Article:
Which nosodes are right for you?

doctor consulting with patient - effective health care

Since there are so many different nosodes available to use, prepared from so many different materials, it is important to work with a trained homeopathic practitioner if you’d like to explore this type of treatment option.


While many homeopathic practitioners report frequent use of nosodes without any safety concerns, even supporters of nosodes emphasize how important it is to exercise caution when using them. They are not to be used without the oversight of a trained medical professional.1


Nosodes that are right for one person may not be right for another. A homeopathic practitioner will use their training and expertise to understand your unique health history and choose remedies that are safe for you and that will best suit your needs.


Check out this Practitioner Directory from the National Center for Homeopathy to find a homeopath in your local area.


What to expect when visiting a homeopath

Homeopathic practitioners are trained to treat from a holistic perspective, taking into account your mental, emotional, and physical health along with family history, environmental factors, and much more.


For this reason, expect to spend plenty of time with your homeopath, especially during your first visit. They will want to review your medical history, ask you many questions about your health and lifestyle, and perform a physical examination.6


After considering the various factors that affect your health from a holistic perspective, your practitioner will look to determine the root causes of your health concerns.


Then, they will create a unique, individualized treatment plan that is right for you. Ultimately, the goal of this type of treatment is to promote the body’s natural healing mechanisms and restore your body to optimal health.


Many homeopathic remedies are made into small sugar pills that simply dissolve under the tongue. Your practitioner will help you determine what dosage and frequency is right for you. They may also recommend other ways to support your healing such as lifestyle changes, dietary changes, and more.




About Chelsea Clark
Chelsea Clark is a writer and certified health and wellness coach who is passionate about supporting others along their own health journeys. She enjoys helping people make positive, lasting changes so that they can live the happiest, healthiest life possible.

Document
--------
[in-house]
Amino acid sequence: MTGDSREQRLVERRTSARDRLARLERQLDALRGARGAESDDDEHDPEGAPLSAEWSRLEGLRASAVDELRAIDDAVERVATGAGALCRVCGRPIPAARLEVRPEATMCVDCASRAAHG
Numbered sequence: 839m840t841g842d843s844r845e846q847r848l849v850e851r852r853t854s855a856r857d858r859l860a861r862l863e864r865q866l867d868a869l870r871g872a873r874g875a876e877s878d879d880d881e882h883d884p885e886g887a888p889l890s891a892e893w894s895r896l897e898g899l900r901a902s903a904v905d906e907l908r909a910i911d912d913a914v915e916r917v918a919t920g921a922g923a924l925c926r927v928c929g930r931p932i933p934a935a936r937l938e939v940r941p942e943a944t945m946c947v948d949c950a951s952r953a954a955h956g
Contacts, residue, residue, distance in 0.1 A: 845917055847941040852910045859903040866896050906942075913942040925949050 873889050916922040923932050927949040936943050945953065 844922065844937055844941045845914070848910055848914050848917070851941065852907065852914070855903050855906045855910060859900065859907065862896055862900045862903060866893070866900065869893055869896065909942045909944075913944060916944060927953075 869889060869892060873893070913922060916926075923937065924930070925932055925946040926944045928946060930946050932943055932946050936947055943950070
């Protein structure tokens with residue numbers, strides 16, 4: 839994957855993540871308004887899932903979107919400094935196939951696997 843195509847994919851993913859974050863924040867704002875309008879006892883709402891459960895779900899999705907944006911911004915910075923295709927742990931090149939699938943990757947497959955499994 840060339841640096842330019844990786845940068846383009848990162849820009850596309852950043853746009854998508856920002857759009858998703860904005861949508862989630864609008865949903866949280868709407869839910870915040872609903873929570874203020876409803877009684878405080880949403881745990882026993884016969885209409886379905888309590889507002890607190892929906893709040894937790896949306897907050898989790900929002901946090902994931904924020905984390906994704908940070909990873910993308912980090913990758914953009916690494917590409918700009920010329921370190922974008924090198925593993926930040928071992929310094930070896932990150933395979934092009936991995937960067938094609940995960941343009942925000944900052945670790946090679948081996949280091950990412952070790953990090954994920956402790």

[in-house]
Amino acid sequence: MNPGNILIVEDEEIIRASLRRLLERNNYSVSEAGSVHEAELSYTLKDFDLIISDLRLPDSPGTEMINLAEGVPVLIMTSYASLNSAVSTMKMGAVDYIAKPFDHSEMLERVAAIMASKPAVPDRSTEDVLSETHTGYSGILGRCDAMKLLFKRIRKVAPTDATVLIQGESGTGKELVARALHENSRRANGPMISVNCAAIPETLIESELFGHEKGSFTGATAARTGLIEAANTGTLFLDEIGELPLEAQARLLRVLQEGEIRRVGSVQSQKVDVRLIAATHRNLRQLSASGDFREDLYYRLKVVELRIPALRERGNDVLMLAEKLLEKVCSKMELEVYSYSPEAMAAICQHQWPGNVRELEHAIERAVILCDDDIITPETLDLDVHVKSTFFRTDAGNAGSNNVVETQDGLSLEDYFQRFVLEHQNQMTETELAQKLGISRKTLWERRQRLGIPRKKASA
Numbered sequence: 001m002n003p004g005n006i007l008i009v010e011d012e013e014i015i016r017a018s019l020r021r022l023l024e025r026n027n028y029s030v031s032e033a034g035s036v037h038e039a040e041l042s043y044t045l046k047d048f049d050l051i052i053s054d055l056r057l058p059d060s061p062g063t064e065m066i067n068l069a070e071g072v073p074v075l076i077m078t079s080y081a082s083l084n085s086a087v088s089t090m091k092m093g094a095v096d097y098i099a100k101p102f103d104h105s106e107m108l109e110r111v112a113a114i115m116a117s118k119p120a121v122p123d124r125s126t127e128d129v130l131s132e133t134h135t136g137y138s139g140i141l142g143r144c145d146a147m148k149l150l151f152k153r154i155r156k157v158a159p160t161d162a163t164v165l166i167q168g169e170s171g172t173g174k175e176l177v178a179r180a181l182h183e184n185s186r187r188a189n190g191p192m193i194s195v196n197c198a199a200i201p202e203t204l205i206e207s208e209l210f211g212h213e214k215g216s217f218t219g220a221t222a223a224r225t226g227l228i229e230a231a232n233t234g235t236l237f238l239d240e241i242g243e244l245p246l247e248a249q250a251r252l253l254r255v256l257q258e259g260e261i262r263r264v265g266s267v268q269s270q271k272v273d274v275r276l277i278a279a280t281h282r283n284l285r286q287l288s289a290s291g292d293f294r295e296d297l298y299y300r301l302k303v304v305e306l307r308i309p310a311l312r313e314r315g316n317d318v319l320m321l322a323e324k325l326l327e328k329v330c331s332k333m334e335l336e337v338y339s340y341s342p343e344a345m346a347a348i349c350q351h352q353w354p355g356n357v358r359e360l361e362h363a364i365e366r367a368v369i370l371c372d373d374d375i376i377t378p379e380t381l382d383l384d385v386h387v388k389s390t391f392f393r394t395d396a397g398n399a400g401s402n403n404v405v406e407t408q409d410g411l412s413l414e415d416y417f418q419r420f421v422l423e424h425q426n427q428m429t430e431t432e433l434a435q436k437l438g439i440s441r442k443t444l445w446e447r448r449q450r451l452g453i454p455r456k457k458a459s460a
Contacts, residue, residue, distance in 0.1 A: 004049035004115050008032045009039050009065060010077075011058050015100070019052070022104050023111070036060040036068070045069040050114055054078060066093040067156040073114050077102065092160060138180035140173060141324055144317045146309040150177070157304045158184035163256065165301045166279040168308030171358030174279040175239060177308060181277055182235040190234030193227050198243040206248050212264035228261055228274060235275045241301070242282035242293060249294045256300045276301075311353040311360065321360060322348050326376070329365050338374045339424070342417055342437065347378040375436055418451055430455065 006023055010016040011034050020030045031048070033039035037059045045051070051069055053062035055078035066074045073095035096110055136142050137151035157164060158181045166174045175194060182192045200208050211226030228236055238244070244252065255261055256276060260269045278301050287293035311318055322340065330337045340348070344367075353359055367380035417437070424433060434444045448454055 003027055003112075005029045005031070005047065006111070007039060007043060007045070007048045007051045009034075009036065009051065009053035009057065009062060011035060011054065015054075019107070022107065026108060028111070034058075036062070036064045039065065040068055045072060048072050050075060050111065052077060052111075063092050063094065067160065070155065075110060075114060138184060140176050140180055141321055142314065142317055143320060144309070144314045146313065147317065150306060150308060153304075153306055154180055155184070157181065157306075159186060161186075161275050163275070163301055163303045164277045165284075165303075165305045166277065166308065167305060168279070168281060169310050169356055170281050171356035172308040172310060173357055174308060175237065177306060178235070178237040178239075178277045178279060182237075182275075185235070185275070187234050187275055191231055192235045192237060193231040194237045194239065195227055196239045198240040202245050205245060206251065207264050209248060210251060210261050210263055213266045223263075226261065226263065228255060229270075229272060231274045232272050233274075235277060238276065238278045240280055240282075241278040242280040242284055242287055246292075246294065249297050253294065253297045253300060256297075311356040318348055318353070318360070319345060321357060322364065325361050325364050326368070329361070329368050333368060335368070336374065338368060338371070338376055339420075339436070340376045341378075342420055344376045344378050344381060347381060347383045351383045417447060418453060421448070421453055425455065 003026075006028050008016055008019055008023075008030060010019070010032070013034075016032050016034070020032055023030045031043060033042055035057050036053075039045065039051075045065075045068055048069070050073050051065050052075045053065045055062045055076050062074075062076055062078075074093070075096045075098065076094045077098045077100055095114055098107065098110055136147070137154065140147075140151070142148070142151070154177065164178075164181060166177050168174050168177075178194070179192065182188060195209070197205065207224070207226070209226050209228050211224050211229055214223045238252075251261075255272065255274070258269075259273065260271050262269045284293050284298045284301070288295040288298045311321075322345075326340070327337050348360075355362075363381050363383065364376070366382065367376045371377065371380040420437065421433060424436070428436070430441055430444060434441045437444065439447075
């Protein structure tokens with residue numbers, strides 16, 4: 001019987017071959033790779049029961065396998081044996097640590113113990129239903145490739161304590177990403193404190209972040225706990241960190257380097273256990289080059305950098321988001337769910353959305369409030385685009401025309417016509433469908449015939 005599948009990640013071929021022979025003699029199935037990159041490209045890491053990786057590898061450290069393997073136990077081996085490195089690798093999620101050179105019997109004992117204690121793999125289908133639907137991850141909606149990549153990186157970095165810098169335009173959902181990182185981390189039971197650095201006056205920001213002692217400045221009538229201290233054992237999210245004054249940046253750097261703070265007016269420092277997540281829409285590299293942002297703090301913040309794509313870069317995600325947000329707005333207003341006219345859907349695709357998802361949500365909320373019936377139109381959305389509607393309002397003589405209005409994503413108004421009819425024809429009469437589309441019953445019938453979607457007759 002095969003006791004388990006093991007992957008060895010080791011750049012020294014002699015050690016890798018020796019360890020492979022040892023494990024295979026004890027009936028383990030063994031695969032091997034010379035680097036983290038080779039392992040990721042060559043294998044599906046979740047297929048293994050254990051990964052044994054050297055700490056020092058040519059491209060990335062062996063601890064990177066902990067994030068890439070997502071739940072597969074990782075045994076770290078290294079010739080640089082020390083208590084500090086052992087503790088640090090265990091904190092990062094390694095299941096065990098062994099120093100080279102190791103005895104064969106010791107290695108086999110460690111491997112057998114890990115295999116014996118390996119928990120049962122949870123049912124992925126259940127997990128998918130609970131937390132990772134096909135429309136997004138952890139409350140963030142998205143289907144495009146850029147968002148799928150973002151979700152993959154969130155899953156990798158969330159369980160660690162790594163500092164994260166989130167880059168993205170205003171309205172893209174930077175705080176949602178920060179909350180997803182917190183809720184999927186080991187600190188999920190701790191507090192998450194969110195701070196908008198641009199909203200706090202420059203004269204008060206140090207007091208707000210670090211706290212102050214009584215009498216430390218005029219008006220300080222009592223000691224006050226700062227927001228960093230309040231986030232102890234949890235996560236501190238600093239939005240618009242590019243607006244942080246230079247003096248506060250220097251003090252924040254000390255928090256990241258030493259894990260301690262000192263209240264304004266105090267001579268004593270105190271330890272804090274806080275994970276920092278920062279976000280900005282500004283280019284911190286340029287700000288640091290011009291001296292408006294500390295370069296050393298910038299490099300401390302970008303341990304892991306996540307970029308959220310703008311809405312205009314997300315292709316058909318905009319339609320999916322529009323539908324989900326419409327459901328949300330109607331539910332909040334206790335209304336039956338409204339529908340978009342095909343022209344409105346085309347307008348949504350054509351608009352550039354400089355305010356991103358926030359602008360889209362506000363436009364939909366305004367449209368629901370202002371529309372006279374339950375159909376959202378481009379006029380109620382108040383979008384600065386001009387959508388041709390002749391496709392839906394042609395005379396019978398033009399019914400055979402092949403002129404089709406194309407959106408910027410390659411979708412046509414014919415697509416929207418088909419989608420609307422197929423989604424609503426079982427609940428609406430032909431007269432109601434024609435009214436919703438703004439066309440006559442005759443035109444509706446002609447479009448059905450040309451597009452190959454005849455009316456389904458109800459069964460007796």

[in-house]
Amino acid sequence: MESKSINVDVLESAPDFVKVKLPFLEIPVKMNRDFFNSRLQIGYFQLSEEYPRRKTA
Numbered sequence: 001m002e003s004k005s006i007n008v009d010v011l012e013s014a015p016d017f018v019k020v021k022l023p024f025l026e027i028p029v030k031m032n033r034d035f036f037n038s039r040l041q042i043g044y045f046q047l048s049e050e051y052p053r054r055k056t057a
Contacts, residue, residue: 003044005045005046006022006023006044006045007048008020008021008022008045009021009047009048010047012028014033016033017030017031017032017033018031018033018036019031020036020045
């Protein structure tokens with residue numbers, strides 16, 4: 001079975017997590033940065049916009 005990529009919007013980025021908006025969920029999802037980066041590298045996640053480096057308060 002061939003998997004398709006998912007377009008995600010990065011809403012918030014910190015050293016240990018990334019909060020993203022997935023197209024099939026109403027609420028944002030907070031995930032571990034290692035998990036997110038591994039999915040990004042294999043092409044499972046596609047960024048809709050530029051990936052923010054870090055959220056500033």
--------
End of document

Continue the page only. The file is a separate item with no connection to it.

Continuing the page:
1. Jadhav, A.P, & K. Sankar. “Nosodes and Sarcodes.” Indian Journal of Traditional Knowledge 16, no. 1 (2017): 158-163.

2. “An Abridged Study – Nosodes and Sarcodes.” Homeopathy 360. Homeopathy360.com.

3. Patil, V.N. “Nosodes and their Utility in Homeopathy.” Homeobook. Homeobook.com

4. Arora, S., & B. Arorro. “Use of Nosodes in Homeopathic Clinical Practice: A Survey.” Revista de Homeopatia 78, no. 1/2 (2015): 8-13.

5. Nayak, D, & R. Varanasi. “Homoeopathic nosodes, a neglected approach for epidemics: A critical review.” Indian Journal of Research in Homeopathy 14, no. 2 (2020): 129-133.

6. “Nosodes.” European Coalition on Homeopathic & Anthroposophic Medicinal Products. Echamp.eu

7. “Homeopathy.” Icahn School of Medicine at Mount Sinai. Mountsinai.org.

8. Mathie, R.T., N. Ramparsad, et al. “Randomised, double-blind, placebo-controlled trials of non-individualised homeopathic treatment: systematic review and meta-analysis.” Systematic reviews 6, no. 1 (2017): 63.

9. “Homeopathy: What You Need to Know.” National Center for Complementary and Integrative Health. Nccih.nih.gov.

10. “Is There Good Scientific Evidence for Homeopathy.” Regents of the University of Minnesota. Takingcharge.csh.umn.edu.

11. Uchiyama-Tanaka, Y. “Case Study of Homeopathic Bowel Nosode Remedies for Dysbiotic Japanese Patients.” Journal of Alternative and Complementary Medicine 24, no. 2 (2018): 187–192.

12. Mondal, J., J. Das, et al. “A homeopathic nosode, Hepatitis C 30 demonstrates anticancer effect against liver cancer cells in vitro by modulating telomerase and topoisomerase II activities as also by promoting apoptosis via intrinsic mitochondrial pathway.” Journal of Integrative Medicine 14, no. 3 (2016): 209-218.

13. Loeb, M., M.L Russell, et al. “A randomized, blinded, placebo-controlled trial comparing antibody responses to homeopathic and conventional vaccines in university students.” Vaccine 36, no. 48 (2018): 7423–7429.


The information provided in this article is intended to improve, not replace, the direct relationship between the client (or site visitor) and healthcare professionals.